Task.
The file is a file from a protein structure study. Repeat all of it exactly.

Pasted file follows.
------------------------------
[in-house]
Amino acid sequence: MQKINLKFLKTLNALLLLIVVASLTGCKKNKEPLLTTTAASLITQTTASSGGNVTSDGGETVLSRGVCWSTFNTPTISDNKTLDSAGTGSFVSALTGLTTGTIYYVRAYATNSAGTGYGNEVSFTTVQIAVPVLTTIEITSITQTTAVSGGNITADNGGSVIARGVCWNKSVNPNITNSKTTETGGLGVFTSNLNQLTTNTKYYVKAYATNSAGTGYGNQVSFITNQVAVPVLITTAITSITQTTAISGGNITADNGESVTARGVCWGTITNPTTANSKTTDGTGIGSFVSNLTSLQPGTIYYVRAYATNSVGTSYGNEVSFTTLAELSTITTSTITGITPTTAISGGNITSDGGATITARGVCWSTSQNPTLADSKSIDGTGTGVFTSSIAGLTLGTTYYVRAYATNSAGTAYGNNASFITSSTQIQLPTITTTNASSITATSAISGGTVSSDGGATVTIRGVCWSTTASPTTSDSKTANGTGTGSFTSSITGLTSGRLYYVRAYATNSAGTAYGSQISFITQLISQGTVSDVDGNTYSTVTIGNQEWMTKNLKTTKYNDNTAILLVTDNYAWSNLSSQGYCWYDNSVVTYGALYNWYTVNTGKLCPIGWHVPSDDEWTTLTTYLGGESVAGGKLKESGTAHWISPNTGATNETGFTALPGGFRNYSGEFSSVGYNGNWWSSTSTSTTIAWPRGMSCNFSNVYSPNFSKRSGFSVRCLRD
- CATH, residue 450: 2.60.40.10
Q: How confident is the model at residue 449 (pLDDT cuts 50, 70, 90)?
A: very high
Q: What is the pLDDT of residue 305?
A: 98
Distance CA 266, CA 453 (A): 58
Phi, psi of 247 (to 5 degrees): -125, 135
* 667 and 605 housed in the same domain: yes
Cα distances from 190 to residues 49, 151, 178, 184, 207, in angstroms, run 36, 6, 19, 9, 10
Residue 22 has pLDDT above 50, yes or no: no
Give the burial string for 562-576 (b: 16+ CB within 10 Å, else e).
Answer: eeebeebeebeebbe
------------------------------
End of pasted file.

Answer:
[in-house]
Amino acid sequence: MQKINLKFLKTLNALLLLIVVASLTGCKKNKEPLLTTTAASLITQTTASSGGNVTSDGGETVLSRGVCWSTFNTPTISDNKTLDSAGTGSFVSALTGLTTGTIYYVRAYATNSAGTGYGNEVSFTTVQIAVPVLTTIEITSITQTTAVSGGNITADNGGSVIARGVCWNKSVNPNITNSKTTETGGLGVFTSNLNQLTTNTKYYVKAYATNSAGTGYGNQVSFITNQVAVPVLITTAITSITQTTAISGGNITADNGESVTARGVCWGTITNPTTANSKTTDGTGIGSFVSNLTSLQPGTIYYVRAYATNSVGTSYGNEVSFTTLAELSTITTSTITGITPTTAISGGNITSDGGATITARGVCWSTSQNPTLADSKSIDGTGTGVFTSSIAGLTLGTTYYVRAYATNSAGTAYGNNASFITSSTQIQLPTITTTNASSITATSAISGGTVSSDGGATVTIRGVCWSTTASPTTSDSKTANGTGTGSFTSSITGLTSGRLYYVRAYATNSAGTAYGSQISFITQLISQGTVSDVDGNTYSTVTIGNQEWMTKNLKTTKYNDNTAILLVTDNYAWSNLSSQGYCWYDNSVVTYGALYNWYTVNTGKLCPIGWHVPSDDEWTTLTTYLGGESVAGGKLKESGTAHWISPNTGATNETGFTALPGGFRNYSGEFSSVGYNGNWWSSTSTSTTIAWPRGMSCNFSNVYSPNFSKRSGFSVRCLRD
- CATH, residue 450: 2.60.40.10
Q: How confident is the model at residue 449 (pLDDT cuts 50, 70, 90)?
A: very high
Q: What is the pLDDT of residue 305?
A: 98
Distance CA 266, CA 453 (A): 58
Phi, psi of 247 (to 5 degrees): -125, 135
* 667 and 605 housed in the same domain: yes
Cα distances from 190 to residues 49, 151, 178, 184, 207, in angstroms, run 36, 6, 19, 9, 10
Residue 22 has pLDDT above 50, yes or no: no
Give the burial string for 562-576 (b: 16+ CB within 10 Å, else e).
Answer: eeebeebeebeebbe